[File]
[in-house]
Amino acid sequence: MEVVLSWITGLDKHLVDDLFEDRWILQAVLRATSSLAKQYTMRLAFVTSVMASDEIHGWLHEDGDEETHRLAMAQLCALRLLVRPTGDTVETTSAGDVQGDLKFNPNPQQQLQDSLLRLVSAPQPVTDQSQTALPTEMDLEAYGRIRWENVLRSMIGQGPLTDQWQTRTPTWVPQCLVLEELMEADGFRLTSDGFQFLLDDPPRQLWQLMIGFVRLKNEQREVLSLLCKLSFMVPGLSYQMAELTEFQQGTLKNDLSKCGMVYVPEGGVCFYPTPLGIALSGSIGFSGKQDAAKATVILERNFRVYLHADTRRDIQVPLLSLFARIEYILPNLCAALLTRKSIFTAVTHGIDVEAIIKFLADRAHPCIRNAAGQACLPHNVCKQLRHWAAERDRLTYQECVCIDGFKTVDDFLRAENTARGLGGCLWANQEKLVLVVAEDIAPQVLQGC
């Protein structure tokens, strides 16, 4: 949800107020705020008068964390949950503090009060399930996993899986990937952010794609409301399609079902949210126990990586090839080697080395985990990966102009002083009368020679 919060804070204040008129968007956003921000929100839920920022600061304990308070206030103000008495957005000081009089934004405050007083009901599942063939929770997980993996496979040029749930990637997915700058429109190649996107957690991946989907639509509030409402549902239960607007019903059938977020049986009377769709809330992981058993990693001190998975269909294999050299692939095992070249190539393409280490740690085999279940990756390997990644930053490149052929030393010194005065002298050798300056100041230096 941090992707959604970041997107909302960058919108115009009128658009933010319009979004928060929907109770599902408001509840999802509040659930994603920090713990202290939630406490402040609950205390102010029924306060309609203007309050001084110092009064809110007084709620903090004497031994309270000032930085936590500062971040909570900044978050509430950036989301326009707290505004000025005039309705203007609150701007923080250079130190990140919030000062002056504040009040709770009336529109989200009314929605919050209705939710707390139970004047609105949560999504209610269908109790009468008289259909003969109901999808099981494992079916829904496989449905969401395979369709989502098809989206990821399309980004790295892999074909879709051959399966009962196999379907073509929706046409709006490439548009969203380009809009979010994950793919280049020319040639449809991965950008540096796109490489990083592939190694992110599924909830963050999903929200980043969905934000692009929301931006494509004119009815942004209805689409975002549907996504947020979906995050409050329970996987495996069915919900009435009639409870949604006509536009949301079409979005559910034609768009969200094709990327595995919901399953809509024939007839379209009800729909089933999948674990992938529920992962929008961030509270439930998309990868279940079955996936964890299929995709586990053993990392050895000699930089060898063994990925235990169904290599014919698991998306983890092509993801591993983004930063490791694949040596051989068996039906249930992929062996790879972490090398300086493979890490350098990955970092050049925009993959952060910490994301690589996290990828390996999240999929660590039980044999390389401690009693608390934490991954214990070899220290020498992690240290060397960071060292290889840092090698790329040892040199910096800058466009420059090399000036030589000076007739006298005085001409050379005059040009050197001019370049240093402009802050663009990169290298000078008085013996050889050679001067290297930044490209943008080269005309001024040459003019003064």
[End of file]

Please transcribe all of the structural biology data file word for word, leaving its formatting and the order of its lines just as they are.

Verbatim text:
[in-house]
Amino acid sequence: MEVVLSWITGLDKHLVDDLFEDRWILQAVLRATSSLAKQYTMRLAFVTSVMASDEIHGWLHEDGDEETHRLAMAQLCALRLLVRPTGDTVETTSAGDVQGDLKFNPNPQQQLQDSLLRLVSAPQPVTDQSQTALPTEMDLEAYGRIRWENVLRSMIGQGPLTDQWQTRTPTWVPQCLVLEELMEADGFRLTSDGFQFLLDDPPRQLWQLMIGFVRLKNEQREVLSLLCKLSFMVPGLSYQMAELTEFQQGTLKNDLSKCGMVYVPEGGVCFYPTPLGIALSGSIGFSGKQDAAKATVILERNFRVYLHADTRRDIQVPLLSLFARIEYILPNLCAALLTRKSIFTAVTHGIDVEAIIKFLADRAHPCIRNAAGQACLPHNVCKQLRHWAAERDRLTYQECVCIDGFKTVDDFLRAENTARGLGGCLWANQEKLVLVVAEDIAPQVLQGC
């Protein structure tokens, strides 16, 4: 949800107020705020008068964390949950503090009060399930996993899986990937952010794609409301399609079902949210126990990586090839080697080395985990990966102009002083009368020679 919060804070204040008129968007956003921000929100839920920022600061304990308070206030103000008495957005000081009089934004405050007083009901599942063939929770997980993996496979040029749930990637997915700058429109190649996107957690991946989907639509509030409402549902239960607007019903059938977020049986009377769709809330992981058993990693001190998975269909294999050299692939095992070249190539393409280490740690085999279940990756390997990644930053490149052929030393010194005065002298050798300056100041230096 941090992707959604970041997107909302960058919108115009009128658009933010319009979004928060929907109770599902408001509840999802509040659930994603920090713990202290939630406490402040609950205390102010029924306060309609203007309050001084110092009064809110007084709620903090004497031994309270000032930085936590500062971040909570900044978050509430950036989301326009707290505004000025005039309705203007609150701007923080250079130190990140919030000062002056504040009040709770009336529109989200009314929605919050209705939710707390139970004047609105949560999504209610269908109790009468008289259909003969109901999808099981494992079916829904496989449905969401395979369709989502098809989206990821399309980004790295892999074909879709051959399966009962196999379907073509929706046409709006490439548009969203380009809009979010994950793919280049020319040639449809991965950008540096796109490489990083592939190694992110599924909830963050999903929200980043969905934000692009929301931006494509004119009815942004209805689409975002549907996504947020979906995050409050329970996987495996069915919900009435009639409870949604006509536009949301079409979005559910034609768009969200094709990327595995919901399953809509024939007839379209009800729909089933999948674990992938529920992962929008961030509270439930998309990868279940079955996936964890299929995709586990053993990392050895000699930089060898063994990925235990169904290599014919698991998306983890092509993801591993983004930063490791694949040596051989068996039906249930992929062996790879972490090398300086493979890490350098990955970092050049925009993959952060910490994301690589996290990828390996999240999929660590039980044999390389401690009693608390934490991954214990070899220290020498992690240290060397960071060292290889840092090698790329040892040199910096800058466009420059090399000036030589000076007739006298005085001409050379005059040009050197001019370049240093402009802050663009990169290298000078008085013996050889050679001067290297930044490209943008080269005309001024040459003019003064």